Tech executives also called for Congress to move forward with certifying the election.
Social media platforms temporarily blocked President Donald Trump’s accounts after he used them to respond to the violent, attempted takeover of the Congressional buildings by his supporters Wednesday with unsubstantiated reports of election fraud—including a video telling those who stormed the Capitol to go home and “we love you.”
Facebook and Twitter on Wednesday evening opted to ban Trump from posting for certain timeframes, while YouTube decided to only remove specific posts. All three companies have previously been criticized for allowing the president to spread false information with few or insufficient checks, even as some applied labels to controversial posts.
“As a result of the unprecedented and ongoing violent situation in Washington, D.C., we have required the removal of three @realDonaldTrump Tweets that were posted earlier today for repeated and severe violations of our Civic Integrity policy,” Twitter said, adding that Trump’s account would be locked for 12 hours or longer if the tweets weren’t removed.
One of the tweets that had been taken down by Wednesday night read, “These are the things and events that happen when a sacred landslide election victory is so unceremoniously & viciously stripped away from great patriots who have been badly & unfairly treated for so long. Go home with love & in peace. Remember this day forever!” It had similar sentiments to a video message Trump released Wednesday afternoon after Congress had been on lockdown in which he told supporters, “I know your pain, I know you’re hurt. We had an election that was stolen from us.”
Facebook later confirmed that the president would not be able to post on its site for 24 hours, following what it said were “two policy violations” from his account. The news came after two of the company’s vice presidents released a joint statement, detailing moves the social media giant took in response to what occurred.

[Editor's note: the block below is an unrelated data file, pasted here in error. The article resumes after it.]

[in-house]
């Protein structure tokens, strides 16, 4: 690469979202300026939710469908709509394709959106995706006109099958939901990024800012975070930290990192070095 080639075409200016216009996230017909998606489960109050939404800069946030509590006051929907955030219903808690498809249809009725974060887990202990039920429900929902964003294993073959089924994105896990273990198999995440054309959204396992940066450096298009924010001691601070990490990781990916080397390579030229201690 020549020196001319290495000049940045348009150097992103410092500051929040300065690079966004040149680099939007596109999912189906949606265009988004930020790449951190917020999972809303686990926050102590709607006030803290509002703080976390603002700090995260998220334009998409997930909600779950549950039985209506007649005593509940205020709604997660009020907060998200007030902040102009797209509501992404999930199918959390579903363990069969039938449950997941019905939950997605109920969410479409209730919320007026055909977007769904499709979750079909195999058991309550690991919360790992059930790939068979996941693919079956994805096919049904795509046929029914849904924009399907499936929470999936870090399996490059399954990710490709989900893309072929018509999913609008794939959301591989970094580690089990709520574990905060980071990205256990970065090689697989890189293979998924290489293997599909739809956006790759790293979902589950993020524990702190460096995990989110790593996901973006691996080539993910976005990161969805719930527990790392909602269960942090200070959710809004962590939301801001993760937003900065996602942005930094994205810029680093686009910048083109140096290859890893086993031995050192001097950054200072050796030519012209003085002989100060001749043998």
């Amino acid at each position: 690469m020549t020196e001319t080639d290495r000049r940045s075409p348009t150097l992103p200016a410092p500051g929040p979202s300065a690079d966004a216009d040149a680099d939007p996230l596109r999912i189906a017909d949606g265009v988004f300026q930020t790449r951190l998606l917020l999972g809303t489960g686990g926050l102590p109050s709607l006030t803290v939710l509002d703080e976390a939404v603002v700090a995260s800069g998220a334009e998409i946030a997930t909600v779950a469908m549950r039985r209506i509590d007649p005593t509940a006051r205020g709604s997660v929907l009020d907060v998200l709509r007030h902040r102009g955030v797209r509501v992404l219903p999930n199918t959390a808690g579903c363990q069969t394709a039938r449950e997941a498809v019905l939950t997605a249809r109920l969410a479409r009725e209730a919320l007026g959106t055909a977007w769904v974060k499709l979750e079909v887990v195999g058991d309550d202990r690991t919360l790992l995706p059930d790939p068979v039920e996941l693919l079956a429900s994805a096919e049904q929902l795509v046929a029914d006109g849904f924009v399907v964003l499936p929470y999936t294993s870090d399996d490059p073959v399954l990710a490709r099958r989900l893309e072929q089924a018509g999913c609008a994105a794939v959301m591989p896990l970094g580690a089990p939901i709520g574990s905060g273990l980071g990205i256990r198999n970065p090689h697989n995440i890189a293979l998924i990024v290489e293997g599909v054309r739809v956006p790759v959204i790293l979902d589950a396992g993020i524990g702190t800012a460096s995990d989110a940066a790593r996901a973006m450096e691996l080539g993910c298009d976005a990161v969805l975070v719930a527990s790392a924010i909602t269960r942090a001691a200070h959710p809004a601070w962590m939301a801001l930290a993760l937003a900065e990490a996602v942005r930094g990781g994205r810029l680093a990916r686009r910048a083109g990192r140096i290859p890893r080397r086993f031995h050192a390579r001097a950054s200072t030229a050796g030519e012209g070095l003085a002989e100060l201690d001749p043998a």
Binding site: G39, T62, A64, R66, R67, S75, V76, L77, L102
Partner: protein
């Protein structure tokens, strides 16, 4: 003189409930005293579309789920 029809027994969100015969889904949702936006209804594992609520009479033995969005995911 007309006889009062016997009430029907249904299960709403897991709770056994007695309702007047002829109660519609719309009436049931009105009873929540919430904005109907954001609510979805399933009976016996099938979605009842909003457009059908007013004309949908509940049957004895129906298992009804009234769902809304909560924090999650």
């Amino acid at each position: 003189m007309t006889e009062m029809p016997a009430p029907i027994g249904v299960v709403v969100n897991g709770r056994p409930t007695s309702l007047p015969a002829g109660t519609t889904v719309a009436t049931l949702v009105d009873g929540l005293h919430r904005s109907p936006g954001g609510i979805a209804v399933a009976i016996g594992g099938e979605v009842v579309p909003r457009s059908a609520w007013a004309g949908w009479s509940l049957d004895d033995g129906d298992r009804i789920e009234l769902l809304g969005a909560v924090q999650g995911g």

“We are treating these events as an emergency,” Guy Rosen, Facebook’s vice president of integrity, and Monika Bickert, the company’s vice president of global policy management, wrote. They cited the removal—from both Facebook and Instagram—of “the recent video of President Trump speaking about the protests and his subsequent post about the election results.” The video was reportedly shared around 49,000 times before it was taken down.
Additionally, posts to the site that express support for what unfolded, encouraged weapons at protests, called for forthcoming violence, and more are being actively searched for and taken down, according to the officials. Facebook also recently “removed over 600 militarized social movements” and in the past few weeks pursued enforcement actions against militarized movements and the dissemination of conspiracy theories. Going forward, any posts seeking to delegitimize the results of the election will include text noting, “Joe Biden has been elected President with results that were certified by all 50 states. The US has laws, procedures, and established institutions to ensure the peaceful transfer of power after an election.”
Though it didn’t instill a ban, Google-owned YouTube also confirmed that it deleted the minute-long video Trump had shared on its site due to policy violations and confirmed insiders are “working to quickly remove livestreams and other content that violates [its] policies.”
The notable actions taken by social media platforms also came as CEOs from multiple technology companies used those and other platforms to share their own calls for unity, an end to violence on the Hill and acceptance of the election’s outcome.
“What is happening in our nation’s capital is appalling and saddening,” Cisco CEO Chuck Robbins tweeted.
IBM’s Arvind Krishna also shared a statement noting the tech giant “condemns today's unprecedented lawlessness and we call for it to end immediately,” further adding that “these actions have no place in our society, and they must stop so our system of democracy can work.” Jason Oxman, who steers the Information Technology Industry Council, called on Congress to “complete its Constitutional mandate.”
In a statement to Nextgov, Leidos CEO Roger Krone said he was “shocked and appalled by the behavior” that took place in the nation's capital today. “We are closely monitoring the situation and our priority is to keep employees safe,” he noted.
And among others, Business Roundtable—an association of chief executives from leading U.S. businesses—called “on the president and all relevant officials to put an end to the chaos and to facilitate the peaceful transition of power.” Microsoft’s president and CEO retweeted the statement.